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What Can Faltering Football Technology Learn from Online Poker Innovations?

Since its very introduction into the sport, video technology has been a divisive innovation within the world of football. From stonewall penalties being disallowed to clear handballs being missed, VAR is risking losing interest from spectators unless the faltering technology can quickly learn from other industries, such as the poker sector. 

As a result, we’re going to look at the shortcomings of VAR within Ligue 1, while also considering how it can learn from online poker innovations.  

Match-Altering Decisions in Ligue 1 

In France, the technology was introduced in the opening match of the 2018-19 season between Marseille and Toulouse. However, despite making a positive impact when placed under the spotlight by correctly awarding a penalty to Marseille, the implementation of VAR within France’s top-flight hasn’t been flawless.

When compared to other leagues, such as the Premier League, who have had another year to work on the regulations needed for VAR to succeed, it’s clear that there’s more work to be done throughout Europe’s established divisions as, according to Reims boss, David Guion, the technology is still based on interpretation. One of the most controversial showings that considerably affected the result of a match came back in November 2019 when Lyon travelled to the Stade Velodrome to face Andre Villas-Boas’ Marseille, with the fixture resulting in Lyon President, Jean-Michel Aulas, questioning the application of the technology.

In the highly-anticipated contest, Marseille took the lead after just 18 minutes when Dmitri Payet controversially converted from the spot. After consulting with the video assistant referee, the decision came about following a handball by Thiago Mendes. However, critics of VAR and purists of the sport believe that this was a prime example of the counterproductive nature of the technology, as Marseille’s Morgan Sanson handled the ball himself earlier in the match. This decision would prove to be costly for the visitors, as Lyon went on to lose 2-1. Furthermore, they would go on to finish three points behind second-placed Lille come the end of the season, and few could blame them if they begrudgingly looked back on their defeat to Marseille.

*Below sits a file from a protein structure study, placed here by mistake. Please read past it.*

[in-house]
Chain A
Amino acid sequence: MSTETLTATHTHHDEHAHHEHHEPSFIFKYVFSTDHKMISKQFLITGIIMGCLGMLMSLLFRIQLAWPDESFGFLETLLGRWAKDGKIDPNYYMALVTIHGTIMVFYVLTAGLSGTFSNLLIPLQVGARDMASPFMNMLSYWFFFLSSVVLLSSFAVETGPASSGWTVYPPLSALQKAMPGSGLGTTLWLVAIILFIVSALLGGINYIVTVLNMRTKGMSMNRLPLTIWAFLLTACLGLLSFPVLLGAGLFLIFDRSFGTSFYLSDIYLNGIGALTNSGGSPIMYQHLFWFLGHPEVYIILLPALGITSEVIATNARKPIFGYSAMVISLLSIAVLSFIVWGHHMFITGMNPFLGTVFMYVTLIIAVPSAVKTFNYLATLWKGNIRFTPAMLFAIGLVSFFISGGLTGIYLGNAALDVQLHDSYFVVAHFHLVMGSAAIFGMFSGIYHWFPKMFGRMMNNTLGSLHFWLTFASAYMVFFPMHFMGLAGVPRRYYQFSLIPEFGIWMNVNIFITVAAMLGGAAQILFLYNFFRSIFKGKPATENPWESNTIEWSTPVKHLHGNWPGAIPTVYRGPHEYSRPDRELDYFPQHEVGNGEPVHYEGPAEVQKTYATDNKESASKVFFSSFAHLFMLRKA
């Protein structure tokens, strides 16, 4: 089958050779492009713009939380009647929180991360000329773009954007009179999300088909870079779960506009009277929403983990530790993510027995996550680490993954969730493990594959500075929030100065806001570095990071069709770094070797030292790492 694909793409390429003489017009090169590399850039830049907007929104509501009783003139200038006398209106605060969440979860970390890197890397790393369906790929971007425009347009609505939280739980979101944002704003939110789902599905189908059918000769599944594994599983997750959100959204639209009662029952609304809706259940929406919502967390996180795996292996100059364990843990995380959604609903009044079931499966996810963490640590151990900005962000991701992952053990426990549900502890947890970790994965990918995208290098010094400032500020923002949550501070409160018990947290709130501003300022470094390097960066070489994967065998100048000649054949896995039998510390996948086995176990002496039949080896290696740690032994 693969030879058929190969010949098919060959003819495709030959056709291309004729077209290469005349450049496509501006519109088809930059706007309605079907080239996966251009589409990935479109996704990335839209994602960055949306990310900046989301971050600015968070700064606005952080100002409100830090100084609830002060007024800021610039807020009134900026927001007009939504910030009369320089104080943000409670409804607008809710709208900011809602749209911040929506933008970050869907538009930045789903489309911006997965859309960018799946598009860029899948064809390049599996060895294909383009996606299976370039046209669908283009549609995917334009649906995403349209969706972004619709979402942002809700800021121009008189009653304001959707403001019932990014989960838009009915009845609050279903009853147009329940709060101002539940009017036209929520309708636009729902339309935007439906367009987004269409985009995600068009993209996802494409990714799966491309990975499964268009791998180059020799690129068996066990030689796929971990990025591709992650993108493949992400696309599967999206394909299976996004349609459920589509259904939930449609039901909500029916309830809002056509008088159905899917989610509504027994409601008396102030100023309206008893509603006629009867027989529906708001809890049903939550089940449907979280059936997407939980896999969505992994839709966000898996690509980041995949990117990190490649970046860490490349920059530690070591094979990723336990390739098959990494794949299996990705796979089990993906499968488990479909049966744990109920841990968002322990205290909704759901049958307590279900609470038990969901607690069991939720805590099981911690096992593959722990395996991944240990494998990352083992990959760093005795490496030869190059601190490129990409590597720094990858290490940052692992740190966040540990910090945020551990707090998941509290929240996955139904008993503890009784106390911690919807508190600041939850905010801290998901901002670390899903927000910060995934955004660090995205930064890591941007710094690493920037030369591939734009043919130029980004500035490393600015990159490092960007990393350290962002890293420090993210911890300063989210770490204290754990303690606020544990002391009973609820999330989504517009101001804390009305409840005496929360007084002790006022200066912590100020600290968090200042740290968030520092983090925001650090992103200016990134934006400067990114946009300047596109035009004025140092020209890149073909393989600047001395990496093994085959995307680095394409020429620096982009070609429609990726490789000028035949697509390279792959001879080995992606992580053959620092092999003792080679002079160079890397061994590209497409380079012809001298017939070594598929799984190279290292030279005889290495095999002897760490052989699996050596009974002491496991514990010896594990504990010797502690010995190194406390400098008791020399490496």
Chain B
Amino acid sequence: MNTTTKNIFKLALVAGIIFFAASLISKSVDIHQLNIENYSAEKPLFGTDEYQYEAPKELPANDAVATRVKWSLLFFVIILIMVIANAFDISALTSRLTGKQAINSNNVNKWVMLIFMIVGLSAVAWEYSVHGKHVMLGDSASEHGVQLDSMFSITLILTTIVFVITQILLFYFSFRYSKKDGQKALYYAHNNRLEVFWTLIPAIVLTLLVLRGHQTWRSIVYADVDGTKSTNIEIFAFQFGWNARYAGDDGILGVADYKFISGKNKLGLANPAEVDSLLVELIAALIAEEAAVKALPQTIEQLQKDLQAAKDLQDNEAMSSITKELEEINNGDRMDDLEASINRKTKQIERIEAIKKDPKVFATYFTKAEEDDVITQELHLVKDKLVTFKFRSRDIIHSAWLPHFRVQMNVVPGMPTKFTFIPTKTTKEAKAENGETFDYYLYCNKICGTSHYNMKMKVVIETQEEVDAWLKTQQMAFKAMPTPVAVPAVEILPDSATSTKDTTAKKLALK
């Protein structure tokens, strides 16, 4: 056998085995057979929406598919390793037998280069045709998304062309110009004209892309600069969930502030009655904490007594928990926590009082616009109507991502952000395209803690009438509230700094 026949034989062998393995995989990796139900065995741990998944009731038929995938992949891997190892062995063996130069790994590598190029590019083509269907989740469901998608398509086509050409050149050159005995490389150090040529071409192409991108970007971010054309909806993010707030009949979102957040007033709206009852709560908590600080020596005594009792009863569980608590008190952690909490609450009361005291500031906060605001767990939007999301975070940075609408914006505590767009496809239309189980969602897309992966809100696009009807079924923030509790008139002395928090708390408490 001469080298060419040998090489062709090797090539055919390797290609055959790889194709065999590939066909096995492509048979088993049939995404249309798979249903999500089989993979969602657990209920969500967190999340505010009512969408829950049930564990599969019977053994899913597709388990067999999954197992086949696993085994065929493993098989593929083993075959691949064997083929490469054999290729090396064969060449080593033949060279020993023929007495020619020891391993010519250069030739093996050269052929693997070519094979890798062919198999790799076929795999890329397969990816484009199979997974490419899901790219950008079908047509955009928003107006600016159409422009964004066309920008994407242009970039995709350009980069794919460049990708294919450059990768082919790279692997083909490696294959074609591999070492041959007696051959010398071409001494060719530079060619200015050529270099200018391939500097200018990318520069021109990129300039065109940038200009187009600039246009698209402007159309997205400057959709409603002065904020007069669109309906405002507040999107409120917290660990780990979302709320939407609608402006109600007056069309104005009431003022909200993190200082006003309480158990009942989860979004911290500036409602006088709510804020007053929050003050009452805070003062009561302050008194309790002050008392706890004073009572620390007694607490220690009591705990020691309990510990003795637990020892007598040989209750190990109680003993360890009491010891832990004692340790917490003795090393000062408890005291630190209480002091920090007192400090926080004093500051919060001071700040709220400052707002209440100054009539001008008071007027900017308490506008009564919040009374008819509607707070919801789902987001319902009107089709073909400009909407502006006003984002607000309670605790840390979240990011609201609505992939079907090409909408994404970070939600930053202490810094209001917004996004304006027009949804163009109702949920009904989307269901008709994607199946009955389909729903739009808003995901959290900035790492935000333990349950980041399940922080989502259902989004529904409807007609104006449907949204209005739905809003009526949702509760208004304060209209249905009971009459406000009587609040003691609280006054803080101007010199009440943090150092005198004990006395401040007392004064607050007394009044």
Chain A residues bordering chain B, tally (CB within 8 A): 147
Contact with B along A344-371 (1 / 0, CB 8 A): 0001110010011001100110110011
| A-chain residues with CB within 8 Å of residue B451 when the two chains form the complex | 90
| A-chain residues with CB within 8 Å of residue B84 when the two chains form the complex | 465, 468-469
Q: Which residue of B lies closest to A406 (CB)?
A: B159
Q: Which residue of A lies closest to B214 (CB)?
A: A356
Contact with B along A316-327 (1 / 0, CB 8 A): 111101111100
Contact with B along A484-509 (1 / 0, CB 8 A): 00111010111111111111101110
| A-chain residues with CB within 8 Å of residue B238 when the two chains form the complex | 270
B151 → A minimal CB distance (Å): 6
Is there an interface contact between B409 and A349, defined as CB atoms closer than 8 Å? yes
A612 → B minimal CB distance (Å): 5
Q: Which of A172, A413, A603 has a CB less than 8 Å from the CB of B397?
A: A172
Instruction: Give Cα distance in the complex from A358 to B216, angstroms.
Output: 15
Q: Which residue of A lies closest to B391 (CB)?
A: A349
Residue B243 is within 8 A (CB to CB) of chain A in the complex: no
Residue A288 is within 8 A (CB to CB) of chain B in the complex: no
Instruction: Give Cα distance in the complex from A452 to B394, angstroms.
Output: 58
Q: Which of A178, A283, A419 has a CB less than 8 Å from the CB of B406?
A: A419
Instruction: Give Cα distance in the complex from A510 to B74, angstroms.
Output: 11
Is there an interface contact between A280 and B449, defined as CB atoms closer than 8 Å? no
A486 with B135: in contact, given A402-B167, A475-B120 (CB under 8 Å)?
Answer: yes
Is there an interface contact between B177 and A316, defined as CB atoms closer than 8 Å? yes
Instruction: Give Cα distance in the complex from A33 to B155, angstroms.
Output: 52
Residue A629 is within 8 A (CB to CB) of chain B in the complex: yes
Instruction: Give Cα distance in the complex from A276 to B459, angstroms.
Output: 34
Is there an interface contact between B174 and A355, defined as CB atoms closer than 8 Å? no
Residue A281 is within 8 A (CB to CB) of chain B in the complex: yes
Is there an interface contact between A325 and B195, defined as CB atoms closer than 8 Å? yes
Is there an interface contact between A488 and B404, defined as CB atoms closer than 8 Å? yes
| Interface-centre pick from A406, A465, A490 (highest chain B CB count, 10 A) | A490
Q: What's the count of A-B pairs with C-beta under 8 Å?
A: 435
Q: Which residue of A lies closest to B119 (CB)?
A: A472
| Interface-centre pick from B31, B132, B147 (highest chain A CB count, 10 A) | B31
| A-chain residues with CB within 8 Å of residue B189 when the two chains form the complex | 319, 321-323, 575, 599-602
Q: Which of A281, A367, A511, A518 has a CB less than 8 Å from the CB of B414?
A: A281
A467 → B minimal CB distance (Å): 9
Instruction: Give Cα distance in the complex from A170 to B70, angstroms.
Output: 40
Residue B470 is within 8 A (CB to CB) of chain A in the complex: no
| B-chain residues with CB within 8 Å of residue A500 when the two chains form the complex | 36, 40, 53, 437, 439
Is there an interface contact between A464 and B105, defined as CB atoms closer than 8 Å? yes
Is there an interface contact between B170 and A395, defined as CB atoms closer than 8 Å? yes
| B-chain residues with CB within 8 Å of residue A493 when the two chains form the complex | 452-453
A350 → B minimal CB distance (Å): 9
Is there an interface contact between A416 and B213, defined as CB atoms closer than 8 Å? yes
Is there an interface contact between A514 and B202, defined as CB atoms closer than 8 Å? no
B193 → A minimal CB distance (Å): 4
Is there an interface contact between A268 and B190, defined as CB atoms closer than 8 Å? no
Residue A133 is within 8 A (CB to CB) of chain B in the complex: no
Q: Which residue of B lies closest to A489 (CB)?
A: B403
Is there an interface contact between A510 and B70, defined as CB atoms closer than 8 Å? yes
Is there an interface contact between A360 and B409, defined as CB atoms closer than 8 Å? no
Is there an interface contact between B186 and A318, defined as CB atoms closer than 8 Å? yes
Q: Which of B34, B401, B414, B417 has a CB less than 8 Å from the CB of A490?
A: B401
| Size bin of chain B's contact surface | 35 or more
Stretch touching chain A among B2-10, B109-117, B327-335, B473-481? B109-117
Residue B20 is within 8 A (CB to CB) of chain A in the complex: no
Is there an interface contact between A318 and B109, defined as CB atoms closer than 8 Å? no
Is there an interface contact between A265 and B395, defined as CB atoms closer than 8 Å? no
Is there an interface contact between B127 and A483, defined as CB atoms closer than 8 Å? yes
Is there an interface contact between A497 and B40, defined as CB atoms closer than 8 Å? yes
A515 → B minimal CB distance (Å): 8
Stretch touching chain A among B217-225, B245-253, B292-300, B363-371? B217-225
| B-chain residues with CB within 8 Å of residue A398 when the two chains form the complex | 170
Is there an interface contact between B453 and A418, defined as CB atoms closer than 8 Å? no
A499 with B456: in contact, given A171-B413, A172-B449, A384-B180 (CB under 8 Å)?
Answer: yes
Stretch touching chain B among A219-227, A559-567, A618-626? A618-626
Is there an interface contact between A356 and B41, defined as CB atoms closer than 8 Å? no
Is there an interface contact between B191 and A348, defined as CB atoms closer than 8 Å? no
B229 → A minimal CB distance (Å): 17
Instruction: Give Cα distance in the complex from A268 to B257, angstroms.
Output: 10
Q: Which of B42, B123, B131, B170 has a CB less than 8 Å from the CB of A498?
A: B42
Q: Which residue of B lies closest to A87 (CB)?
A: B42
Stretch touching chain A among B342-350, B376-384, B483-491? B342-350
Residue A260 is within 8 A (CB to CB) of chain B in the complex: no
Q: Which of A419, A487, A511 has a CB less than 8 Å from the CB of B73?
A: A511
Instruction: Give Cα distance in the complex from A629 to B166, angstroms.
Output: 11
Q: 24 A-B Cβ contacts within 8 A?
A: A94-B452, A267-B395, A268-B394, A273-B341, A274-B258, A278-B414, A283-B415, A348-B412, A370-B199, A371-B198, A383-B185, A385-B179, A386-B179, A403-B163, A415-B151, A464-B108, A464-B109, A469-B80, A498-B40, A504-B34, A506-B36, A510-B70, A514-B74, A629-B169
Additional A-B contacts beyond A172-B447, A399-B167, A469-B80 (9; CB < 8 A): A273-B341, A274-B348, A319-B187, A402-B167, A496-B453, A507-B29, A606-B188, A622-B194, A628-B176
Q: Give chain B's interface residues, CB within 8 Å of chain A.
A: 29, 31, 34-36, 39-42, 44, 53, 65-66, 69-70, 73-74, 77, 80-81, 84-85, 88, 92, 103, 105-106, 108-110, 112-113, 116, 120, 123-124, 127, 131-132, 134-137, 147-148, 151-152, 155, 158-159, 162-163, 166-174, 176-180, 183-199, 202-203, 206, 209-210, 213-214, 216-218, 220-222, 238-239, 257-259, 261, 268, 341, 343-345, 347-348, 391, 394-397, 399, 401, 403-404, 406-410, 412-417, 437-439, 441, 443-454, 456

The Evolution of Tech in Poker

While the implementation of VAR within football is primarily being utilised in an attempt to provide better decisions, there also needs to be an element of consideration for the integrity of the sport and the enjoyment of spectators. In its current state, Manchester City manager, Pep Guardiola, believes that the technology risks taking the passion out of the game. Interestingly, however, where football is now struggling to find the right balance between decision-making processes and spectator experiences, the poker industry has, over the years, been able to integrate innovations which improve the table-based game for everyone involved.

Back in 1999, hole cams were first introduced during the Channel 4 programme, Late Night Poker. The camera itself is usually located under a glass panel in the table and allows television viewers to see what cards players have in their hands. Following its use on UK television, the World Series of Poker would later adopt the technology in 2002 and has been using it ever since. Theoretically, these cameras allow for spectators to keep up with the high-stakes nature of poker, and thus become more immersed in the game.